12. The apparatus of claim 11, wherein said applying means comprises a roller rotatable about an axis which extends transversely of said path and including a peripheral surface having at least one circumferentially extending groove having portions of a first depth for reception of said longitudinal strips.
13. The apparatus of claim 12, wherein said peripheral surface of said roller dips into said supply of adhesive.
14. The apparatus of claim 13, further comprising a second roller having a second peripheral surface receiving adhesive from said grooves and contacting said one side of the moving web.
15. The apparatus of claim 12, wherein said peripheral surface has at least one second circumferentially extending groove of said first depth, said circumferentially extending grooves being parallel to and spaced apart from each other, as considered in the axial direction of said roller.
16. The apparatus of claim 15, wherein said peripheral surface has two further circumferentially extending grooves located midway between said grooves of said first depth and having a depth which is less than said first depth.
17. The apparatus of claim 16, wherein said further grooves and said grooves of said first depth are mirror symmetrical to each other with reference to a plane normal to the axis of said roller and disposed between said further grooves.
18. The apparatus of claim 12, further comprising means for rotating said roller at a peripheral speed which deviates from the speed of lengthwise movement of the web.
19. The apparatus of claim 11, further comprising means for conveying a series of groups of coaxial rod-shaped articles sideways along a second path and means for attaching successive uniting bands to successive groups so that said longitudinal strips extend transversely of the axes of articles in the respective groups.
20. The apparatus of claim 19, further comprising means for convoluting said uniting bands around the articles of the respective groups.
21. The apparatus of claim 11, wherein said second fields further include transverse strips extending transversely of said one side of the web between said longitudinal strips, said severing means being arranged to sever the leader of the moving web across successive transverse strips so that each of said second edges of a uniting band is adjacent to a portion of a severed transverse strip.
22. The apparatus of claim 21, wherein said second fields further include additional strips inwardly adjacent to said longitudinal strips.
23. The apparatus of claim 22, wherein said second fields include further strips parallel to said longitudinal strips, said additional strips being disposed between said longitudinal strips and said further strips.
Description
CROSS-REFERENCE TO RELATED APPLICATION

This is a continuation-in-part of my copending application Ser. No. 56,798 filed July 11, 1979 for "Method and apparatus for applying adhesive to running webs of wrapping material."

BACKGROUND OF THE INVENTION

The present invention relates to a method and apparatus for treating webs of wrapping material for rod-shaped articles which constitute or form part of smokers' products. More particularly, the invention relates to a method and apparatus for applying adhesive to running webs of such wrapping material. Still more particularly, the invention relates to improvements in a method and apparatus for applying adhesive paste to running webs of cigarette paper, artificial cork or other suitable wrapping material prior to subdivision of such webs into discrete uniting bands. The uniting bands can be used to connect filter plugs of unit length or multiple unit length with one or more tobacco-containing rod-shaped articles, e.g., with plain cigarettes, cigars or cigarillos.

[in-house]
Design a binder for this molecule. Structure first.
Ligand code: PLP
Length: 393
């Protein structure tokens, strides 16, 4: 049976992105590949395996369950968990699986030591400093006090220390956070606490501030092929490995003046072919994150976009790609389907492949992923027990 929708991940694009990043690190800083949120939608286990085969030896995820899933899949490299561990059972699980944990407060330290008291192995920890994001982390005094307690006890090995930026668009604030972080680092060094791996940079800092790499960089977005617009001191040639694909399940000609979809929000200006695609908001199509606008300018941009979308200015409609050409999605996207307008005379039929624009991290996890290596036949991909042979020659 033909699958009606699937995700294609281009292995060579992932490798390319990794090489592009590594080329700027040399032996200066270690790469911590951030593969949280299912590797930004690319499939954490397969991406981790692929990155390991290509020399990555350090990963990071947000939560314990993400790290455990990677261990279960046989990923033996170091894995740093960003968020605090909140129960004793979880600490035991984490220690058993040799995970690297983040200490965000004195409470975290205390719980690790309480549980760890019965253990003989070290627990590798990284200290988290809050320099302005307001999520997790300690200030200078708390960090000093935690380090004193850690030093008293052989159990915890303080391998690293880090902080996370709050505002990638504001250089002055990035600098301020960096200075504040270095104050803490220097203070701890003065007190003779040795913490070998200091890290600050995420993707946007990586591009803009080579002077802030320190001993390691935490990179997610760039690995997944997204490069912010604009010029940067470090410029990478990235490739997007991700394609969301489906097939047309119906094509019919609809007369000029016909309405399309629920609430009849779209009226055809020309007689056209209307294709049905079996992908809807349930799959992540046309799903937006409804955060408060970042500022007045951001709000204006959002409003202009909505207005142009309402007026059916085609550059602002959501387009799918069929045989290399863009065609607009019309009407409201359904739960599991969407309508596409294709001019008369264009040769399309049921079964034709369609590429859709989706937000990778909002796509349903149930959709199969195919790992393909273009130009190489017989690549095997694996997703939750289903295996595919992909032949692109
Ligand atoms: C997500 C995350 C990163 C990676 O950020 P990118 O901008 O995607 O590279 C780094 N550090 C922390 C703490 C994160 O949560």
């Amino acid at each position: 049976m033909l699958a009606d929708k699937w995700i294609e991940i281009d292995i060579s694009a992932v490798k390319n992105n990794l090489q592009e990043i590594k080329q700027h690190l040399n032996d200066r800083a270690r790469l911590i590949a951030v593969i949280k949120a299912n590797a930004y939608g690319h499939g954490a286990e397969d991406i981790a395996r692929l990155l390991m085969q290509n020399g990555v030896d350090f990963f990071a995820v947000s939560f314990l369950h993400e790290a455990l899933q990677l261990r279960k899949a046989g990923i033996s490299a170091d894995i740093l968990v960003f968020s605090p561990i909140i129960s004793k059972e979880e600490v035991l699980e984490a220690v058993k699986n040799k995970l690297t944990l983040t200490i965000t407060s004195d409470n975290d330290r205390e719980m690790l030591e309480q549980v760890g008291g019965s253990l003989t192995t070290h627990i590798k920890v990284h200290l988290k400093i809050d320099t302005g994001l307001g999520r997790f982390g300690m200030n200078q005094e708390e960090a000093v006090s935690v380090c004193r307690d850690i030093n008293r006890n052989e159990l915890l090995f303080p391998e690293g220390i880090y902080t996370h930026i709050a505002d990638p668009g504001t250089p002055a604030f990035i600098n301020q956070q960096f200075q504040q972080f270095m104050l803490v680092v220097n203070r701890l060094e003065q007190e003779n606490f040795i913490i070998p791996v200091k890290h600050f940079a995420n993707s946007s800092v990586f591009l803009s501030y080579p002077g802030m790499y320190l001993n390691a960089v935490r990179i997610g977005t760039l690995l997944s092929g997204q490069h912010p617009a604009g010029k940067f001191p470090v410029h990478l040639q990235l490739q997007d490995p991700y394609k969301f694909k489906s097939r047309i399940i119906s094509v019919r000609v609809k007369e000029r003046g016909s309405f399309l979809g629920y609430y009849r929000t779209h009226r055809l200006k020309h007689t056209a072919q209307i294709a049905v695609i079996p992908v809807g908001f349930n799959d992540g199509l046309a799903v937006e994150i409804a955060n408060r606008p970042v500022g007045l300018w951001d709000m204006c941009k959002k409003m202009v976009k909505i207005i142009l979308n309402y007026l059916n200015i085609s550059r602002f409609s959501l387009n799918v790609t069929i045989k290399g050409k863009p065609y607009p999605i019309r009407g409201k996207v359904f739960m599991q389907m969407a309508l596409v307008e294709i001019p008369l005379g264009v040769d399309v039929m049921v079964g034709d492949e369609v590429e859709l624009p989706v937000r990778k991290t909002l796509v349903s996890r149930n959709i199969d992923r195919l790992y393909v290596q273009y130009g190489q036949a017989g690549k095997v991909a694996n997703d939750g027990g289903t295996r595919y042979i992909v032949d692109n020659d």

It is already known to apply adhesive to a moving web of wrapping material in such a way that, when the web is subdivided into discrete uniting bands of square or rectangular outline, all four edges of each uniting band are adjacent to strips of adhesive which has been applied to one side of the web. This is achieved by resorting to a paster wherein a rotary element draws adhesive from a tank and has peripheral grooves distributed in such a way that the grooves form a pattern corresponding to the desired pattern of adhesive strips at one side of the moving web. The leader of the web is severed at regular intervals by one or more cutters to yield a succession of uniting bands which are attached to successive groups of coaxial rod-shaped articles. The groups are thereupon rolled about their respective axes during travel through a gap whose width is less than the diameter of a group whereby the uniting bands are converted into tubes which sealingly connect the articles of the respective groups to each other. Such procedure is normally resorted to in the manufacture of filter cigarettes, cigars or cigarillos.

It has become customary to provide the wrappers of filter plugs of filter cigarettes or like rod-shaped smokers' products with one or more holes or perforations which admit atmospheric air into the column of hot tobacco smoke. The admission of atmospheric air is believed to be beneficial as regards the quantity of nicotine and/or condensates in the smoke which enters the smoker's mouth. Instead of using filter plugs with perforated wrappers, it is also possible and customary to resort to wrappers having a relatively high porosity so that one or more streamlets of cool atmospheric air can enter the tobacco smoke via pores rather than through artificially formed perforations of the wrapper for the filter plug.